Aircraft carriers came of age in the Second World War, when they supplanted the great traditional capital ships as the strategic core of naval warfare. Operating from their mobile bases, able to fly in all but the worst weather, no longer limited in their potential range from the land, carrier aircraft could attack and defend with a freedom that changed the conduct of war at sea for ever. Thirty years of experiment and development had paid off handsomely.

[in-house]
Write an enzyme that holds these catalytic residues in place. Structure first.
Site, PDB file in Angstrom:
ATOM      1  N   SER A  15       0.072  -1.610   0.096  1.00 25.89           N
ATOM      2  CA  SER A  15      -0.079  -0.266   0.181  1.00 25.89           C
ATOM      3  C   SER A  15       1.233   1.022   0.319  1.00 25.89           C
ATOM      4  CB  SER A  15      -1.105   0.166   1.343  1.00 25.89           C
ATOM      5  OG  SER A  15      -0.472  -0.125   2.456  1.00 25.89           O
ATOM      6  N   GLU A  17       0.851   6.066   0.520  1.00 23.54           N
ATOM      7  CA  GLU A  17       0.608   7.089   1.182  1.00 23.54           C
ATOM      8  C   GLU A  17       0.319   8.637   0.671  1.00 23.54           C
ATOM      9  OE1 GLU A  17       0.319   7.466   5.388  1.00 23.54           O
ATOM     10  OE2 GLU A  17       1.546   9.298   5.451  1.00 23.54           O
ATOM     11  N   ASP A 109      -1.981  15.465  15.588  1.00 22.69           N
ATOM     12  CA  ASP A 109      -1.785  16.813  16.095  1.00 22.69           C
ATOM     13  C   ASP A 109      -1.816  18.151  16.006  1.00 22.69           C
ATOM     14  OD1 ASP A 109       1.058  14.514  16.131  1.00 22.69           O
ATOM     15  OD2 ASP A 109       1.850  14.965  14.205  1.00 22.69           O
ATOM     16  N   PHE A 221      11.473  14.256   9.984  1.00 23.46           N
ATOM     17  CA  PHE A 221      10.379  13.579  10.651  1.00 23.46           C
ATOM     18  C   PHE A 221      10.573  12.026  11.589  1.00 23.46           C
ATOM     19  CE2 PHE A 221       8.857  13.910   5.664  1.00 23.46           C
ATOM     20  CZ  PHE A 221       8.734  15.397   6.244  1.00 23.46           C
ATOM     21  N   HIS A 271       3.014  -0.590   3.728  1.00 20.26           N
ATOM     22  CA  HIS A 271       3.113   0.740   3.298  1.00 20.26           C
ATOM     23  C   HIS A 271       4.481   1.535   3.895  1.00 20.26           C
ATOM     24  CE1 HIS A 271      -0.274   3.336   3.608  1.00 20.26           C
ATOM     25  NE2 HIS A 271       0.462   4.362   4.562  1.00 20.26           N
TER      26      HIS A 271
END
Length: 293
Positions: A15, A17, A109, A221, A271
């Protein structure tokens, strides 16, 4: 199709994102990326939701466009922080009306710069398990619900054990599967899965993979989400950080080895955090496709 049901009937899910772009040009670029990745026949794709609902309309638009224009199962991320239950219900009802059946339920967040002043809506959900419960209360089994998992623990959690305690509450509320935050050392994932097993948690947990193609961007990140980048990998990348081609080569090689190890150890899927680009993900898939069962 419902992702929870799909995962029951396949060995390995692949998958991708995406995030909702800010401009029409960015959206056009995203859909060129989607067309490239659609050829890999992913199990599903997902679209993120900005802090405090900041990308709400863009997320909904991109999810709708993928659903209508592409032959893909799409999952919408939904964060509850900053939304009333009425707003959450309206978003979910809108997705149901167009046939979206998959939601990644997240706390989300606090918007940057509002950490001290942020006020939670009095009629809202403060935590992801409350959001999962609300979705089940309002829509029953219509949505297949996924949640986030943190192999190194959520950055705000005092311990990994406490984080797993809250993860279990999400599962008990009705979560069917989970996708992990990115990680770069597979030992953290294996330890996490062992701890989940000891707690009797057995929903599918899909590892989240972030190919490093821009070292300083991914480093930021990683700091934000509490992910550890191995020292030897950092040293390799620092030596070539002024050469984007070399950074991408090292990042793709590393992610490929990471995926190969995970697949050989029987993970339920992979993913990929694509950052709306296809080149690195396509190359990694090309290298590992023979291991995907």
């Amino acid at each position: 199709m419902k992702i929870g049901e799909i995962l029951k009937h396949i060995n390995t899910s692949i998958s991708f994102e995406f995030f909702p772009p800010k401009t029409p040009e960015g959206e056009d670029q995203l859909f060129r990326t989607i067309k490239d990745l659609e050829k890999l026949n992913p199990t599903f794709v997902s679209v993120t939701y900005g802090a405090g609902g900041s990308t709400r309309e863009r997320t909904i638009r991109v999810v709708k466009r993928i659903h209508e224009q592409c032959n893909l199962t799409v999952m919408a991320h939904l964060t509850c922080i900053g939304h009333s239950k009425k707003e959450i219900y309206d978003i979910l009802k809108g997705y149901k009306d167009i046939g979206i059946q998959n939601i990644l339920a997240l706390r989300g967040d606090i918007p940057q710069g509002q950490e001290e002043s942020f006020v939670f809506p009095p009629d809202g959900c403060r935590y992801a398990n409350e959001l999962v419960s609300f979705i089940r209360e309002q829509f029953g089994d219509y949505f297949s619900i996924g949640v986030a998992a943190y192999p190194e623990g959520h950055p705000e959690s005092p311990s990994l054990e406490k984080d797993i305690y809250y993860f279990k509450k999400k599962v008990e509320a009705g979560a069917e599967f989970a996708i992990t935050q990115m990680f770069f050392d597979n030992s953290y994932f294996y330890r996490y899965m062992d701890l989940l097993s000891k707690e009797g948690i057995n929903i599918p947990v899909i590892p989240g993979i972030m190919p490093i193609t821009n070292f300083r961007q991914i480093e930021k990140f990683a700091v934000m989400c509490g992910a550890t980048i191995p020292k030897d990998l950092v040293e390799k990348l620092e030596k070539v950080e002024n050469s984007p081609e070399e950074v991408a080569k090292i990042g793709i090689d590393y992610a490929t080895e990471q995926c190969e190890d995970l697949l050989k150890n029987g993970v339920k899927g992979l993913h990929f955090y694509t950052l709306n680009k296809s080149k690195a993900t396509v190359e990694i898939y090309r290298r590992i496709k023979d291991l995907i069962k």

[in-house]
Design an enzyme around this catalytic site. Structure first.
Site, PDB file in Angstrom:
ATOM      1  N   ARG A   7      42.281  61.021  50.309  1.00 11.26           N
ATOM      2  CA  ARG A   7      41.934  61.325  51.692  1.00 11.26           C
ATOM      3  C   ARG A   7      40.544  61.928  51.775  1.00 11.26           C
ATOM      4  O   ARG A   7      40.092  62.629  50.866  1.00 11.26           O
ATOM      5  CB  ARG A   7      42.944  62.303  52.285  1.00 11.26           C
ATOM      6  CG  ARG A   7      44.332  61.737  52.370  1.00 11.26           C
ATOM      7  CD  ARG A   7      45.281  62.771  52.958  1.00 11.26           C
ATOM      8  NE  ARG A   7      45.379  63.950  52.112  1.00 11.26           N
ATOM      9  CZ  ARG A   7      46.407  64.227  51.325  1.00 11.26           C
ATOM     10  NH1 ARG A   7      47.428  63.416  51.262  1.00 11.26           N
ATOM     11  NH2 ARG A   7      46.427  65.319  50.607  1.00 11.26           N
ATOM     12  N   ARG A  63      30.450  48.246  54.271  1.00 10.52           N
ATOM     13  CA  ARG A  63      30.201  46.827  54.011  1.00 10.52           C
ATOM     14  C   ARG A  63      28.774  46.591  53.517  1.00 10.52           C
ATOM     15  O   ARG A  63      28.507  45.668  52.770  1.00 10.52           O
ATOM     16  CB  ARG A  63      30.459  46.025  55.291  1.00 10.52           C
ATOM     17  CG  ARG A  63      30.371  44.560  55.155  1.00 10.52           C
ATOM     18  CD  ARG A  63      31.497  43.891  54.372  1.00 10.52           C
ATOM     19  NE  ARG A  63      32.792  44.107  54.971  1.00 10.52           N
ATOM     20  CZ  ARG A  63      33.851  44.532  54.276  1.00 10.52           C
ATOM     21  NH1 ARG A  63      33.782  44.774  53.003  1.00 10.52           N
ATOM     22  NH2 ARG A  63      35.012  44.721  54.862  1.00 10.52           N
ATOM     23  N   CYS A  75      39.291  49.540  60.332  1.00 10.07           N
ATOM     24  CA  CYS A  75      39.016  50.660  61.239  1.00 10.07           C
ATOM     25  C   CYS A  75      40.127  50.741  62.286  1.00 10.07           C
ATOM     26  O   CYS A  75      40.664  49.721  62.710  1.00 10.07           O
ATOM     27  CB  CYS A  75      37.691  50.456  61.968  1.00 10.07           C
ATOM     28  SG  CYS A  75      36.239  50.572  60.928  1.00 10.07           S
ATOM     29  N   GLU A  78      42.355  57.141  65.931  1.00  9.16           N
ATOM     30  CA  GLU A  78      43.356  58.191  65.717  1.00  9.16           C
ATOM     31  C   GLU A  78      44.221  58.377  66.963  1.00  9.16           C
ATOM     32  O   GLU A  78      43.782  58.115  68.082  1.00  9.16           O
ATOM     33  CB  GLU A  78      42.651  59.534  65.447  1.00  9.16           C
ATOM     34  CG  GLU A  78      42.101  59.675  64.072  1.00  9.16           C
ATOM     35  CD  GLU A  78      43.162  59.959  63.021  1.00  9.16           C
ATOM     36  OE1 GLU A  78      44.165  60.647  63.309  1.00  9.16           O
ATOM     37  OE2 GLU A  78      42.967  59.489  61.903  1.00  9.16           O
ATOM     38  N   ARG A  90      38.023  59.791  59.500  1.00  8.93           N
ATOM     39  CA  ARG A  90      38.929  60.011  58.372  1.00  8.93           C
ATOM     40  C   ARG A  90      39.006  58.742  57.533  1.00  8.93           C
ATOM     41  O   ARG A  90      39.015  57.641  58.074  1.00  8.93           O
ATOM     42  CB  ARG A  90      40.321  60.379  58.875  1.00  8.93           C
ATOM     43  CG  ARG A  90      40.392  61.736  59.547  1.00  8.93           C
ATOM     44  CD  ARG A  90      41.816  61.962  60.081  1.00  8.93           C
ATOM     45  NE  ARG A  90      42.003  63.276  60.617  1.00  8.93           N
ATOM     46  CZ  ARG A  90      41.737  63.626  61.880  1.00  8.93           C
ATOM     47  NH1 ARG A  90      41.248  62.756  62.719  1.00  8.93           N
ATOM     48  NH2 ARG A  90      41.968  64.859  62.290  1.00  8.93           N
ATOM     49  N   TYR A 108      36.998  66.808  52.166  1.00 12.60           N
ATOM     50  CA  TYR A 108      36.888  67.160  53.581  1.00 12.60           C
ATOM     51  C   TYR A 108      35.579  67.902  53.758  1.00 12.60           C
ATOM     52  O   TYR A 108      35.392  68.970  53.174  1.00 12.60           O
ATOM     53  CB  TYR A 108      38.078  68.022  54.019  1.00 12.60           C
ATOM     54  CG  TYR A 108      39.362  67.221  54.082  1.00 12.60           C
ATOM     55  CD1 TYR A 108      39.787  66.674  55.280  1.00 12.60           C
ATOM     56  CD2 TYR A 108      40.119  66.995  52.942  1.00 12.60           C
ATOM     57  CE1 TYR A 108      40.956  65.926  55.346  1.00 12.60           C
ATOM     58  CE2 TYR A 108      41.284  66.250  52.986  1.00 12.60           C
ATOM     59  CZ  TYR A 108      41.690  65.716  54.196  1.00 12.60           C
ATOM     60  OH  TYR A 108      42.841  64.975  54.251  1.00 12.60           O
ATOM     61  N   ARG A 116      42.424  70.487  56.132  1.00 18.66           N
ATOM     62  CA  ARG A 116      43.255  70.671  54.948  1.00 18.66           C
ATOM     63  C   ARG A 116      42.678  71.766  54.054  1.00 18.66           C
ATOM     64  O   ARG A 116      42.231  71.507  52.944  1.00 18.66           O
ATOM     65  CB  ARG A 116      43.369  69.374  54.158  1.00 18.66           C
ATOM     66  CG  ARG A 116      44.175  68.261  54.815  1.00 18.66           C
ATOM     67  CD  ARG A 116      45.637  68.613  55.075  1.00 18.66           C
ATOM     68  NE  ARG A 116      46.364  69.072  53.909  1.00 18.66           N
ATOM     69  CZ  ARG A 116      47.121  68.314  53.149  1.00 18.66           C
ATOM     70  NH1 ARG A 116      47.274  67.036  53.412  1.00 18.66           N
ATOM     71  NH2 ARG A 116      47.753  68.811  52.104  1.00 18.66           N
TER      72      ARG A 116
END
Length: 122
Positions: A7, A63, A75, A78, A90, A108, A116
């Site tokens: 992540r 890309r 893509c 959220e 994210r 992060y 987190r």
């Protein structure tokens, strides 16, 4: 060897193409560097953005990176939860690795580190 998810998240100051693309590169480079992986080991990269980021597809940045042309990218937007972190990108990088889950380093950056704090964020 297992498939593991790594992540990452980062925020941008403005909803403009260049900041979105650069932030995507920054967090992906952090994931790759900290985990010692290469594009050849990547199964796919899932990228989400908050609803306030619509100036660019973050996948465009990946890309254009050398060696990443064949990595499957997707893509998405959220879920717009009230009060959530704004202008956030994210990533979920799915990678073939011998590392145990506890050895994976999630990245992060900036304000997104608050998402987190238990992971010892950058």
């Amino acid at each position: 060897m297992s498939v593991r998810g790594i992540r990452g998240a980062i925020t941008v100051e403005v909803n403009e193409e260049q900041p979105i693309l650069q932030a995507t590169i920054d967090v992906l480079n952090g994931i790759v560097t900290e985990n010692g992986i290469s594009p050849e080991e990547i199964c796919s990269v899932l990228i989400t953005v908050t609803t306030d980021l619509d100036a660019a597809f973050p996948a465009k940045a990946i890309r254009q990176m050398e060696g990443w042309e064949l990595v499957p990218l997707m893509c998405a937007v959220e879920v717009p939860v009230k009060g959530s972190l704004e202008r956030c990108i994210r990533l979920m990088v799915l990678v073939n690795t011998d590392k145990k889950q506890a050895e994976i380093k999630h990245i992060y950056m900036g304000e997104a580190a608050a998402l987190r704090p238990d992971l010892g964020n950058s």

The beginnings of the aircraft carrier were slow and difficult. Guy Robbins' detailed history tells of the early days in World War One, when seaplanes had to be lowered from the ship to take off from the sea, and whinched aboard again on their return. These impracticalities led eventually to aircraft that could take off and land from a long, flat deck. The author examines Royal Navy, American, and Japanese progress in career development and strategy through the interwar years, showing how naval powers gradually shifted their thinking to favour the carrier. Together with sharply reported accounts of wartime engagements, both successes and failures, this book offers a valuable new account of the most significant weapons platform to have emerged in the mid-20th century.